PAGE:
Dear Single Friend:
We’re all born with a new heart which is ready to accept all that life has to offer. As we experience life, events begin to tug at and imprint themselves onto our hearts. All these experiences make us into what we are today—the good and the bad. The good news is that God can use and will use all these experiences for His good and to accomplish His purpose for our lives. But, sometimes we open ourselves up to experiences that God didn’t intend for us.
I believe we need to remember that a person’s heart is not an amusement park ride which is ridden briefly and then we’re on to the next ride looking for bigger and better thrills. The heart is not something that you should offer to just anyone nor should it be taken without permission.
The heart is the center of the body, the hub where all the important activity intersects. It’s also that metaphorical place where all our emotions are stored. Our Hopes, our Dreams, and the Spiritual side of our lives all reside there. Therefore we need to be really careful with our hearts. (If you have young children, please begin teaching this to them now.)
Our heart should be carefully guarded when it comes to dating relationships. There is an awful lot of “using” going on between men and women. You know the scenario: Person #1 isn’t really serious about the person #2, but decides they’ll keep their company until someone better comes along. Person #2 has no idea what Person #1 is thinking and opens up their heart, willingly handing bits of their heart over to them. When the truth finally comes to light, Person #1 has happily moved on to Person #3. Meanwhile Person #2 is left picking up the broken pieces of their life.
Who is to blame in the scenario above? The way I see it, both parties are to blame. It’s easy to place all the blame on Person #1. Number 1 knowingly used the other person! However, the second party opened his or herself up to this heart-hijacking. In most cases, Person #2 will often have a sense about the intentions of Person #1. But that feeling is often hidden in denial or simply dismissed. It’s quite possible that gut feeling may have been the Holy Spirit warning Person #2. On the flip side, Person #2 may have used Person #1 to selfishly fulfill a need in his or her own life. It’s that lonely, empty place which we try to fill where only God should reside.
Marriage is a covenant relationship ordained by God. I’m sure He never intended for us to leave bits of our hearts and lives scattered amongst a long string of casual dates. Dating is a very modern concept so you won’t find a check list for dating in the Bible. However, you can find lots and lots of information about how to treat other people. For starters, remember the “One-Anothers” and the "Love Chapter"? These Biblical principles apply to those you date too.
To sum it up, Be Careful with Your Heart. The heart is a fragile place, subject to wear and tear, bruising, as well as outright abuse. We also need to have more consideration for others above our own selfish gain.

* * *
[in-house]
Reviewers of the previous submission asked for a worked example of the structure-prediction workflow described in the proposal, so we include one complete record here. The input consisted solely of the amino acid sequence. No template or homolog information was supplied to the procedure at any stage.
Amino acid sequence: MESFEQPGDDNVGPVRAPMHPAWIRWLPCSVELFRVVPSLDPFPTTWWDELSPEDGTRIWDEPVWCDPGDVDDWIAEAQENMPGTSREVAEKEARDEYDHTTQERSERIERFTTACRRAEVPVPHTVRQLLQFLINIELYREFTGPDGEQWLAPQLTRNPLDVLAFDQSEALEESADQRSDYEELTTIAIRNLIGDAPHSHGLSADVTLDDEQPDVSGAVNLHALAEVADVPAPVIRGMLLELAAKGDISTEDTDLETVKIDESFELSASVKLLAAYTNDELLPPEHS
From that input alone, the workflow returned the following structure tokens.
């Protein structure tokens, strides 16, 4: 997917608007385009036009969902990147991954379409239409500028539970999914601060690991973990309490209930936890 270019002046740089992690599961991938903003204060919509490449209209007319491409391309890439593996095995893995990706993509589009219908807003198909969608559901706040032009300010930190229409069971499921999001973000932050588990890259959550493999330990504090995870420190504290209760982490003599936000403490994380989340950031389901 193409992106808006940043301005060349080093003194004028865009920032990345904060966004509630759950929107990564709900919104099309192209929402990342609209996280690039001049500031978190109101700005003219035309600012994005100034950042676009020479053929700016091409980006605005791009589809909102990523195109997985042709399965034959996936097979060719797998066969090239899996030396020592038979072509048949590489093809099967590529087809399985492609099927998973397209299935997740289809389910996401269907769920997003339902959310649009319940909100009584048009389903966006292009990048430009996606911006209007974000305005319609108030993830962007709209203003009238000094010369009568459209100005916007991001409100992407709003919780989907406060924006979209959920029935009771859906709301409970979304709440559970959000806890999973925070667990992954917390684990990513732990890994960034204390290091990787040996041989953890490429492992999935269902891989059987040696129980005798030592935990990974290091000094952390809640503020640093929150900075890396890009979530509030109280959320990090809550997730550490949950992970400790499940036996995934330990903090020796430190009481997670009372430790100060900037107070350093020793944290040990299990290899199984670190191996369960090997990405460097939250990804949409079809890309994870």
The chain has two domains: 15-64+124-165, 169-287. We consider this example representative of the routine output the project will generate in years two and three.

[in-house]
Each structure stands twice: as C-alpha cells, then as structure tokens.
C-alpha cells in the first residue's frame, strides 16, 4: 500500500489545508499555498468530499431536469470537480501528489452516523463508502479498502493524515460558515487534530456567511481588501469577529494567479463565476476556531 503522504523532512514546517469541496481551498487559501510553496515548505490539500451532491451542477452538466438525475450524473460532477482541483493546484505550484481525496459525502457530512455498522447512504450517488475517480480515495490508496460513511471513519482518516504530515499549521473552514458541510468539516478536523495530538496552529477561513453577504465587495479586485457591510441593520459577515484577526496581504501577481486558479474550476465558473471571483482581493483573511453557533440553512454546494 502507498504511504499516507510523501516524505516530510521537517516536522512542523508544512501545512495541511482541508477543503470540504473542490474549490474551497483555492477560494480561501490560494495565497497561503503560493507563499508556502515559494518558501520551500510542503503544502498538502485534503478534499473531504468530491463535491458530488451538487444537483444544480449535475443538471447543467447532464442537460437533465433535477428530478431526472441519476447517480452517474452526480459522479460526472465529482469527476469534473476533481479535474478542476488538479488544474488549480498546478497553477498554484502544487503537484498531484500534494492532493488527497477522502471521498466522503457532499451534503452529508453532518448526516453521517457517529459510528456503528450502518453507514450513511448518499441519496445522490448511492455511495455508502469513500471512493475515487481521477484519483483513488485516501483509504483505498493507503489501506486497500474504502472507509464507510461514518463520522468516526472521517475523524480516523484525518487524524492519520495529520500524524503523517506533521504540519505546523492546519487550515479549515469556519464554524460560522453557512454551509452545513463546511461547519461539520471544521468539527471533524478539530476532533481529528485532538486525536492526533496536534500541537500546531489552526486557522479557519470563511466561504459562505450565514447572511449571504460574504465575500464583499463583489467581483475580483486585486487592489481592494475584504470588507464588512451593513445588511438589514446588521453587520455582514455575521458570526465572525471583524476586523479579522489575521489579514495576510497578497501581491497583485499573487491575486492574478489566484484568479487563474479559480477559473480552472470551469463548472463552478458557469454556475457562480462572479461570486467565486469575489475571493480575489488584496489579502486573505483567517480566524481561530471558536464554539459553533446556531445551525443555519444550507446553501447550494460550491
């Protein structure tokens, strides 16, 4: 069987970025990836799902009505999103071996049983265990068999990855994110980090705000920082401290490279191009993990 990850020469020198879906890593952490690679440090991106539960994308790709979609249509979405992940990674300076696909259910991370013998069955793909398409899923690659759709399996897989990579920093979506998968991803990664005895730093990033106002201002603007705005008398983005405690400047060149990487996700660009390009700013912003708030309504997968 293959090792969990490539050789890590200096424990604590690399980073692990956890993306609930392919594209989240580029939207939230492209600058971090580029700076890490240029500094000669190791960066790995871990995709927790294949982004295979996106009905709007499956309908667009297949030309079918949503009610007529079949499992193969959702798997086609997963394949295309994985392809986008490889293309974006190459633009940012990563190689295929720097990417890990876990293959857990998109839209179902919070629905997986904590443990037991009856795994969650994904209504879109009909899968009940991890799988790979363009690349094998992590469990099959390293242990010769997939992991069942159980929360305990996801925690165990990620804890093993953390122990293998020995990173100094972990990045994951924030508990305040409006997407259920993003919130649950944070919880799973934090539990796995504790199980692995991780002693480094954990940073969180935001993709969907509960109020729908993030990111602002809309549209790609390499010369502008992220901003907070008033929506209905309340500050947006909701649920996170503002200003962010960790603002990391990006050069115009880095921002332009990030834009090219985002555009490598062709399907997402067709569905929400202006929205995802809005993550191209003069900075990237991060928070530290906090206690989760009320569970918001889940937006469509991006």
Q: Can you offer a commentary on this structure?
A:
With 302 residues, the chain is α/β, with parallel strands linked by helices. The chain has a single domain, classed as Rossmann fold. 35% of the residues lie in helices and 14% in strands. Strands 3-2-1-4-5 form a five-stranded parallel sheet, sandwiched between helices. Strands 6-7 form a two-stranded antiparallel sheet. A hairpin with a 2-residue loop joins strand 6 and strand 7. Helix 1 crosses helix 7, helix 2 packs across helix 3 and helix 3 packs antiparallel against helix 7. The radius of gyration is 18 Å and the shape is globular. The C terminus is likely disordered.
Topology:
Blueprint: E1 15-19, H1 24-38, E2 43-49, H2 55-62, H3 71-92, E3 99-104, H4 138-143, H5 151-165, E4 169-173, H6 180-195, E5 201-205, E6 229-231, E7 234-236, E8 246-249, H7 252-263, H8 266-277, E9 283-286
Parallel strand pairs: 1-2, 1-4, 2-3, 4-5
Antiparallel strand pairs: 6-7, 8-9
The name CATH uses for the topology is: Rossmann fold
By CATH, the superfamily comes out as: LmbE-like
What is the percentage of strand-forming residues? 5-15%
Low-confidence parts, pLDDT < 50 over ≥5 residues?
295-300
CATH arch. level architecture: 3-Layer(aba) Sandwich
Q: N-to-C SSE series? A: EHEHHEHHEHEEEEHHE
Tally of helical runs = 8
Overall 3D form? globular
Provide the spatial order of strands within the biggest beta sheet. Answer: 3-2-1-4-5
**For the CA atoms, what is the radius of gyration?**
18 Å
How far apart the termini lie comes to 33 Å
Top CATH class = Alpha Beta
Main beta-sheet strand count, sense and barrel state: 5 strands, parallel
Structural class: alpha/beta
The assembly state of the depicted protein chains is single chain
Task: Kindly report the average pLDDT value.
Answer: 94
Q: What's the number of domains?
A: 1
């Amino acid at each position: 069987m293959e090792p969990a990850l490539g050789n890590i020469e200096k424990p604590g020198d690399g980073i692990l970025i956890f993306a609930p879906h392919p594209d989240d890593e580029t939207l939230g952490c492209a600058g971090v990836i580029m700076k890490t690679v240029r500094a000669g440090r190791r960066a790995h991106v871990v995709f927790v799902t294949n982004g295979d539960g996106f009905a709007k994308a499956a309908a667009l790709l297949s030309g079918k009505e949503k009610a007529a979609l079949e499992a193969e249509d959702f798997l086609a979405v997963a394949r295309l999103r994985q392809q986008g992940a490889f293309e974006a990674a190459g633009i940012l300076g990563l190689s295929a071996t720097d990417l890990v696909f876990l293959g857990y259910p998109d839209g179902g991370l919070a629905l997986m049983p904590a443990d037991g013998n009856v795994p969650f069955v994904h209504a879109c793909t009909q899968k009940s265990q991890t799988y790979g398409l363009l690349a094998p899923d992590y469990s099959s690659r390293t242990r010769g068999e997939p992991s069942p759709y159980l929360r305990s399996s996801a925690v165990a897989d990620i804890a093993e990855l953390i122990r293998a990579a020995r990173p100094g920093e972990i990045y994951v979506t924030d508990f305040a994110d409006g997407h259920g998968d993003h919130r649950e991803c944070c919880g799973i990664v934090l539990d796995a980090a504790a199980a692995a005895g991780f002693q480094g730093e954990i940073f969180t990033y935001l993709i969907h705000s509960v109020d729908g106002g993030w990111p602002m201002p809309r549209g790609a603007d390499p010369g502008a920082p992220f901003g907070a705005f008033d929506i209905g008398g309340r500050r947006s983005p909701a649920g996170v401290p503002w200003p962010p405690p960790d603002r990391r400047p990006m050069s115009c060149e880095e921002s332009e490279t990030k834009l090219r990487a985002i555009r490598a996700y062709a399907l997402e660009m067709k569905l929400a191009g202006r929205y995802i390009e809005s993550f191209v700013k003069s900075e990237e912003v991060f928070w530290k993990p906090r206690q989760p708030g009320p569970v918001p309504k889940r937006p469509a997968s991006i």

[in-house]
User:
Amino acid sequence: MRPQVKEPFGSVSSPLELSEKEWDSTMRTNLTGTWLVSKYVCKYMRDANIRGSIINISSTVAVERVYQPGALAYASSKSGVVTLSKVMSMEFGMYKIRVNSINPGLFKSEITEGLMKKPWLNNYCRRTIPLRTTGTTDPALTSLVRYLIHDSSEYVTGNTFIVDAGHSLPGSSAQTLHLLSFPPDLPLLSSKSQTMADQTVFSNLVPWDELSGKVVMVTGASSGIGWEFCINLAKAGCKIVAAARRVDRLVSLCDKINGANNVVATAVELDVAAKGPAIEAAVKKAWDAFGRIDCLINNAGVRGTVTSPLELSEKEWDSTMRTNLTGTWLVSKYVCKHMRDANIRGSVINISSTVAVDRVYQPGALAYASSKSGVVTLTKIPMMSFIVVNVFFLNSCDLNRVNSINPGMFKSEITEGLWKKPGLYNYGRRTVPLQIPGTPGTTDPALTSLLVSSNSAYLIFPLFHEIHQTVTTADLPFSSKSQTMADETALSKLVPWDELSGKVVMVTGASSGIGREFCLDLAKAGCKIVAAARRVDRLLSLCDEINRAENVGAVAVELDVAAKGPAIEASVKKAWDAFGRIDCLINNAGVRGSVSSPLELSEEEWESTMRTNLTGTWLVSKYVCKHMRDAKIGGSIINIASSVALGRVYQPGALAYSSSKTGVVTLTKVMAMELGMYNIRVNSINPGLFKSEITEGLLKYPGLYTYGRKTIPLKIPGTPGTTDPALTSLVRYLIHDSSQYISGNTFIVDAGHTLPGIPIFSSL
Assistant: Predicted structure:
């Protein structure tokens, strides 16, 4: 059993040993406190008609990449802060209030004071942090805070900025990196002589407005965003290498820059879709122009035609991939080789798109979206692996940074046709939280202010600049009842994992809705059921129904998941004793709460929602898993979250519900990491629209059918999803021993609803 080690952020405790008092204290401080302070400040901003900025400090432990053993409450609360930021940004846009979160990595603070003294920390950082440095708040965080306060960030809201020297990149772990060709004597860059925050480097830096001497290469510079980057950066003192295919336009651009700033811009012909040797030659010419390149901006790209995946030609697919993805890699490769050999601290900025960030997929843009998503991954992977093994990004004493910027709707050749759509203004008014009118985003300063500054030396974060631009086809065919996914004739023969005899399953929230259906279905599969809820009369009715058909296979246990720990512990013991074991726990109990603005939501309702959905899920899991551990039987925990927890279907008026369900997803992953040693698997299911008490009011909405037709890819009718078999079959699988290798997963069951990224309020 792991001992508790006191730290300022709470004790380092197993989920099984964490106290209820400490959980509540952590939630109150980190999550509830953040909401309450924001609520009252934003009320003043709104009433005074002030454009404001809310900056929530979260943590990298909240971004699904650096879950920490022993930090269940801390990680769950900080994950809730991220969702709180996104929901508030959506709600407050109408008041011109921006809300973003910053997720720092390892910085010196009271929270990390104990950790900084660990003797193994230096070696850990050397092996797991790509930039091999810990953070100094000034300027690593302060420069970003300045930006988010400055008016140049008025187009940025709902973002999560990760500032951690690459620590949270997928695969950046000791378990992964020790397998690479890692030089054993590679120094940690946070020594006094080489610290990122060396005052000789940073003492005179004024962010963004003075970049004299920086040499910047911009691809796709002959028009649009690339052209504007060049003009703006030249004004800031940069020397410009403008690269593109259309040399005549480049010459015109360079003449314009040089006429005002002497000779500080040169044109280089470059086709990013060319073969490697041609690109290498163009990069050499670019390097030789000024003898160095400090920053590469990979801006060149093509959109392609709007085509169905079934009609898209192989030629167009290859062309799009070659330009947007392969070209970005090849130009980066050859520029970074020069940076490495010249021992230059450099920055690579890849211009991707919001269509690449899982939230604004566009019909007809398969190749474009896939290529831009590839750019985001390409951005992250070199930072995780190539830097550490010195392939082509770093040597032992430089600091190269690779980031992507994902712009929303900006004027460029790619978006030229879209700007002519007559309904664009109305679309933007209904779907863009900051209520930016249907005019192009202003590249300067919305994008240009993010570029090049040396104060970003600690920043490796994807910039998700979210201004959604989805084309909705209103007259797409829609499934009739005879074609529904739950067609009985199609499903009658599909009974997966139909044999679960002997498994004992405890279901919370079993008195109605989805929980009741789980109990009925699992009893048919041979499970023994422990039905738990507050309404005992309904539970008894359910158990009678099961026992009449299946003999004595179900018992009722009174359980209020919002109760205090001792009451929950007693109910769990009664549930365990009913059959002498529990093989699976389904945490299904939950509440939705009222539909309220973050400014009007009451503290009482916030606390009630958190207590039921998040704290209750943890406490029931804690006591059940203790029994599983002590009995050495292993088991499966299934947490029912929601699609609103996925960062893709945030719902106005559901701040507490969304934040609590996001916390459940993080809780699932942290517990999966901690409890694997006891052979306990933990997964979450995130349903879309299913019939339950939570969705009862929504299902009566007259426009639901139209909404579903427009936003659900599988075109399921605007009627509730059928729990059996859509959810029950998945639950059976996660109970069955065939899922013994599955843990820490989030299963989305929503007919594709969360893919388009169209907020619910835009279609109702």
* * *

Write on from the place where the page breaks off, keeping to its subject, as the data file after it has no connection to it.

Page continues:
Philippians 2: 3-5 says: Do nothing out of selfish ambition or vain conceit.
Rather, in humility value others above yourselves,
not looking to your own interests but each of you to the interests of the others.
In your relationships with one another, have the same mindset as Christ Jesus.
Sacrificial love = Christ’s love.
We need to see more of this type of love in all relationships.
I came up with the following list. If you have some constructive ideas to add, please share. This list doesn't need to stop at 10!
Ten Commandments for Christian Singles
God comes first in your life—before dating, your ministry, or job. Anything or anyone that occupies your thoughts more than God has become an idol in your life.
Be honest. Keep lines of communication open from the beginning. If you don’t feel like you’ll ever truly be interested in a long-term future with someone, let them know so they can make an informed decision.
Take care of yourself physically, spiritually, and emotionally. It’s good for you and it will be good for your future mate.
Don’t be envious of married people. They have problems too. Many are envious of your freedom! Enjoy it while you can and use your freedom to do things you cannot do when you have family responsibilities.
Know yourself. If you have the temperament to handle casual dating and are able to enjoy it without endangering another person’s feelings, then go for it. But, if you have a tendency to love deeply and loyally, you may not be able to casual date.
Pray. Stay in constant communication with God. Listen for and ask daily for His guidance concerning your relationships.
Respect the boundaries of others—physical and emotional boundaries. Don’t steal another person’s heart or anything else that belongs to him or her.
Be faithful. Once you embark upon a committed relationship, have eyes only for that person (after God, of course).
Keep silent. Don’t use the “L” word until you are absolutely certain about your feelings. In general, our society is too casual with the word LOVE. We love pizza. We love football. Honestly, love should be reserved for people—friends, family, and mates.
Text (c) 2012 The Blue-Eyed Babe.